Florida De-regulates Employee Leasing Companies

Florida Employee Leasing May Be Deregulated

March 15, 2011 – Tallahassee, Florida
PCB BCAS 11-01

Update: April 2011. It appears that the Employee Leasing industry has been dropped from the list of industry and professions targeted for deregulation in Florida.

Two proposed committee bills have passed the Florida House Business and Consumer Affairs Subcommittee that will deregulate the Employee Leasing industry. The intention of the bill is to remove burdensome regulations that are viewed as an impediment to business creation and growth. Over 50 industries are affected by the proposed legislation. The bill is known as PCB BCAS 11-01 and its companion bill PCB BCAS 11-02. Update 3/23/2011 – The Florida House of Representatives has brought forth HB5005 – Deregulation of Professions and Occupations. This is the house bill that was recommended by the Business and Consumer Affairs subcommittee.
Florida House Regulatory Reform Press Release

Employee Leasing Regulation in Florida

In the late 1980s a series of scandals in the employee leasing industry happened. Several employee leasing companies in Florida were found to be not making tax deposits on behalf of their client companies or were not providing workers’ compensation insurance coverage. The 1980s was the birth of the employee leasing industry in Florida (now known as Professional Employer Organizations or PEOs). In response to those early problems with a few bad apples employee leasing companies banded together to work with the state to create a self-governing body to regulate the industry. In addition the state of Florida has worked closely with the employee leasing board to ensure that each PEO maintains financial solvency and each PEO must submit audited financials to the state on an annual basis. In addition new PEOs wishing to do business in Florida must submit information about its controlling person(s). PEOs must provide the state with quarterly financial statements that it is maintaining positive working capital and accounting net worth and has adequate reserves to pay, when due, all payroll taxes, workers’ compensation and health insurance premiums, and amounts due under any plan of self-insurance or partial self-insurance.

Why is de-regulation being considered for Employee Leasing companies?

In our opinion, the list of professions being de-regulated in PCB BCAS 11-01 includes many occupations that can reasonably be argued SHOULD be de-regulated… “hair braiders” and “television tube labelers” are rightly on the list. In addition, most business owners would probably agree that government regulation has often been used by various occupations as a way to restrict new entrants to the business type and prop up wages for those who perform the service. It serves to restrict competition and to raise prices. Fixing that is the intention of the bill…a sound objective.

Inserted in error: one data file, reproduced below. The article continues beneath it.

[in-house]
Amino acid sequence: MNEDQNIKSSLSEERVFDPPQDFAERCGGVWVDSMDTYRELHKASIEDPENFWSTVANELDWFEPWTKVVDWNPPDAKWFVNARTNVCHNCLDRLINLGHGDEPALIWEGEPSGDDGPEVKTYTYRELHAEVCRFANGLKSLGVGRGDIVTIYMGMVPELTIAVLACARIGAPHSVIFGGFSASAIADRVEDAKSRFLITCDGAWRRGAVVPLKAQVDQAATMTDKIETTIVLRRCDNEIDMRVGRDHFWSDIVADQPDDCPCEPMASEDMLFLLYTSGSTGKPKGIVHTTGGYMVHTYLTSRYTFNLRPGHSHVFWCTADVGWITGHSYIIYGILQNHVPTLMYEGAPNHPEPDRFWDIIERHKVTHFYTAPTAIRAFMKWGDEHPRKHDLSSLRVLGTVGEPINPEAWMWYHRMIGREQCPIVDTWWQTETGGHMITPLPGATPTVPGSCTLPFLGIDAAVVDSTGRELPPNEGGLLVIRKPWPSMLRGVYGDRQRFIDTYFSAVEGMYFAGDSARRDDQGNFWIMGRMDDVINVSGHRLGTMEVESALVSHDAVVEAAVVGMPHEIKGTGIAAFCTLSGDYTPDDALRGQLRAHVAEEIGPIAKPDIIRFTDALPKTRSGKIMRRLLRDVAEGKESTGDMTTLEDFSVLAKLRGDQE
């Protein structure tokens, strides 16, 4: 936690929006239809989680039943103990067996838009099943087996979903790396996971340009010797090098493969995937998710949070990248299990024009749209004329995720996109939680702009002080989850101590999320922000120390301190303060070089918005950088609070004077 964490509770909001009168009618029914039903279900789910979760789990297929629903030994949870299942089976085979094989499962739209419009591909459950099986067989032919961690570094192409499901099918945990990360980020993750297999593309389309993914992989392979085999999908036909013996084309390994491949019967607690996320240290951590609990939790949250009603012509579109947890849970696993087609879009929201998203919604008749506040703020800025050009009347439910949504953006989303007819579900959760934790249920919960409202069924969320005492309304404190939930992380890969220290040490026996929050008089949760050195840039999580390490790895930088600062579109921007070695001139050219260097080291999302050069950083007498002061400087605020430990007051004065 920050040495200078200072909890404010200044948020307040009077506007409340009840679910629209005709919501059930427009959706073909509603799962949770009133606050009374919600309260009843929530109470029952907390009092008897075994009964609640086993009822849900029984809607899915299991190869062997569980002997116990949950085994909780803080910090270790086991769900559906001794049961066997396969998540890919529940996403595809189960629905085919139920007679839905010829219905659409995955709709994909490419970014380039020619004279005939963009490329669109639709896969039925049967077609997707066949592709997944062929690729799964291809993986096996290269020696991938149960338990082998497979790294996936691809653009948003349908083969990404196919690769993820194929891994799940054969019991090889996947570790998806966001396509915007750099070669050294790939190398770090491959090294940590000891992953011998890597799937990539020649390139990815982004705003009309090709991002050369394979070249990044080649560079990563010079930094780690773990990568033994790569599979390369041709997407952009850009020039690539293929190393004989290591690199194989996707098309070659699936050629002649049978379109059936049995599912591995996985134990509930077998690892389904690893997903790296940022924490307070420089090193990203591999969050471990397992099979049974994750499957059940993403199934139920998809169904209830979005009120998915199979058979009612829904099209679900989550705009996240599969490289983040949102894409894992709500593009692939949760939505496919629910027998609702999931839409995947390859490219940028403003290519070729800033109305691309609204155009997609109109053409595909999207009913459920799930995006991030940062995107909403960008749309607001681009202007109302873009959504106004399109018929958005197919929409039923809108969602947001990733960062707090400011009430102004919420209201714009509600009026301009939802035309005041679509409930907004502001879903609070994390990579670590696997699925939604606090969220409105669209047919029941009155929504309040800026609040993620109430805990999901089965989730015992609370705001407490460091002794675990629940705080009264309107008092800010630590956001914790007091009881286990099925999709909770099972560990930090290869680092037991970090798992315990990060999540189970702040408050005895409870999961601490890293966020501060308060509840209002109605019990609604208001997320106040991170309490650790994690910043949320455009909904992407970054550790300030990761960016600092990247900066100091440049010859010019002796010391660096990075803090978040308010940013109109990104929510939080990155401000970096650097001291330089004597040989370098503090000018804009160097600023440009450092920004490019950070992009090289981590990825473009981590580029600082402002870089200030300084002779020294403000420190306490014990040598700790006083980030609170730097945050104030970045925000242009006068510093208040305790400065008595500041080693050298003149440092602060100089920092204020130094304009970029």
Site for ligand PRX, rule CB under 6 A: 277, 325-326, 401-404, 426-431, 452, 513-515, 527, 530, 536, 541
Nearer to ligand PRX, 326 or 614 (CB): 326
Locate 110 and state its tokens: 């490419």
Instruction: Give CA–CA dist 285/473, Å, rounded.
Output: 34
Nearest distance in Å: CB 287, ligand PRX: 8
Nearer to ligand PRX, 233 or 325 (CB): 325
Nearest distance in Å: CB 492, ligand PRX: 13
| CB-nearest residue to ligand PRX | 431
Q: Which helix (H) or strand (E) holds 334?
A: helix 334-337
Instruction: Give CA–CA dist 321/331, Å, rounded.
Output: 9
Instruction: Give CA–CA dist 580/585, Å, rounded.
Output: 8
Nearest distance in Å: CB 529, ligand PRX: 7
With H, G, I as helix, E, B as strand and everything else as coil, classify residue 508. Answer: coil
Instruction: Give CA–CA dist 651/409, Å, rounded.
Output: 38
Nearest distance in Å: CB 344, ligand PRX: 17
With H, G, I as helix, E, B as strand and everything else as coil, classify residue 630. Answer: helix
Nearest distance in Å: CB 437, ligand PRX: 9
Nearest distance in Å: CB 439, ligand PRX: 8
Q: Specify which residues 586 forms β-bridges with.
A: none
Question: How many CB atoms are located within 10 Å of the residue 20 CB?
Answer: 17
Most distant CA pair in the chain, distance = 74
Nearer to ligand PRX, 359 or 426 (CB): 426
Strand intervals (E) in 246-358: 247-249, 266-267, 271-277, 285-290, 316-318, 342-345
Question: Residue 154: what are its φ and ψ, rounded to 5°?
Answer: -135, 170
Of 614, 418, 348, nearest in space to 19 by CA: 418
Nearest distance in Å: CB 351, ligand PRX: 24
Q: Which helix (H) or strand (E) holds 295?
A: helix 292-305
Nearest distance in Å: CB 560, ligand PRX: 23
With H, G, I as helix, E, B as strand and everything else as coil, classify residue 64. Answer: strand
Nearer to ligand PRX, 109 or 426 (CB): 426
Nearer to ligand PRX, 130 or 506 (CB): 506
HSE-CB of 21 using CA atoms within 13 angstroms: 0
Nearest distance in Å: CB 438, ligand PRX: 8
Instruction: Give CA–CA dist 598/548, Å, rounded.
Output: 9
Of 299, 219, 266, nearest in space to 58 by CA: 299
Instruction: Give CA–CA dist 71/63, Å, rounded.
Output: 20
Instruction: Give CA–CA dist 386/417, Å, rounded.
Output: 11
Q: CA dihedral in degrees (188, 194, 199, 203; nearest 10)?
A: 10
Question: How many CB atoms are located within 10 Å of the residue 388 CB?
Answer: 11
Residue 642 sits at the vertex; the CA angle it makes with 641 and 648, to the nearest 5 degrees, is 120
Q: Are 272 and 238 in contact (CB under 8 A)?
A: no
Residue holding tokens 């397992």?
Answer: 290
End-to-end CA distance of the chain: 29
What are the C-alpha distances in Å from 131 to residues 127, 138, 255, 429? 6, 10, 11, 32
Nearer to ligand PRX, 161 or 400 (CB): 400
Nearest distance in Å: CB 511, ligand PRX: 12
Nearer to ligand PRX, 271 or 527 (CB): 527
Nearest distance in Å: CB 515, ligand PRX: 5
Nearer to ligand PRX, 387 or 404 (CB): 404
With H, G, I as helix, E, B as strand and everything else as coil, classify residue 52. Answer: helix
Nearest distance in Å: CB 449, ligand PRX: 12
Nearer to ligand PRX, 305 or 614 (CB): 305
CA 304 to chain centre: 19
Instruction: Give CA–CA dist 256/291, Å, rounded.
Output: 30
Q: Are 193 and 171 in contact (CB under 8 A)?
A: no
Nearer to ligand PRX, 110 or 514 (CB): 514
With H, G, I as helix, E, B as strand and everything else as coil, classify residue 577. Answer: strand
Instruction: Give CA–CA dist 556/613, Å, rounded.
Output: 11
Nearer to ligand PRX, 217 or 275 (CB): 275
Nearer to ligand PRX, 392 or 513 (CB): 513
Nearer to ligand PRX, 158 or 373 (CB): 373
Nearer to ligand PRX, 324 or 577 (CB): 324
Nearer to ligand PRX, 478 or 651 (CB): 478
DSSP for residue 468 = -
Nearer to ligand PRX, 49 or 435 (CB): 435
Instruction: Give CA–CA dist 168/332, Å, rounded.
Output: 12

Keep Some Oversight of Employee Leasing in Florida

The PEO industry in Florida has gone many years with very few problems with client companies (or the government) being financially impacted by the fraud or mismanagement of any employee leasing company. In fact Florida’s employee leasing model has been the blueprint for other states that have had problems. Employee Leasing companies are acting as a fiduciary for hundreds of thousands of employees and their client companies in the state of Florida. Payroll taxes and workers compensation premiums handled by Florida’s PEOs are in the billions of dollars on an annual basis. While a PEOs profit on these dollars is small, the amount of money they collect, deposit and remit is very large. Fraudulent actions by a PEO can have large financial consequences. In addition, the bad actions of a single PEO can create STRONG negative perceptions in the mind of he public about the entire PEO industry.the one bad apple concept. This has been the strength of the self-policing mechanism of the Florida Employee Leasing Board. The principals at StaffMarket have monitored the minutes of the boards meetings through the years and have never seen an instance of the board using its approval/denial power to restrict new entrants to the industry or to unfairly limit competition. For the long term best interest of employee leasing companies, their clients and Florida’s workers, we believe the state of Florida should maintain licensing for employee leasing companies.
Florida DBPR for Employee Leasing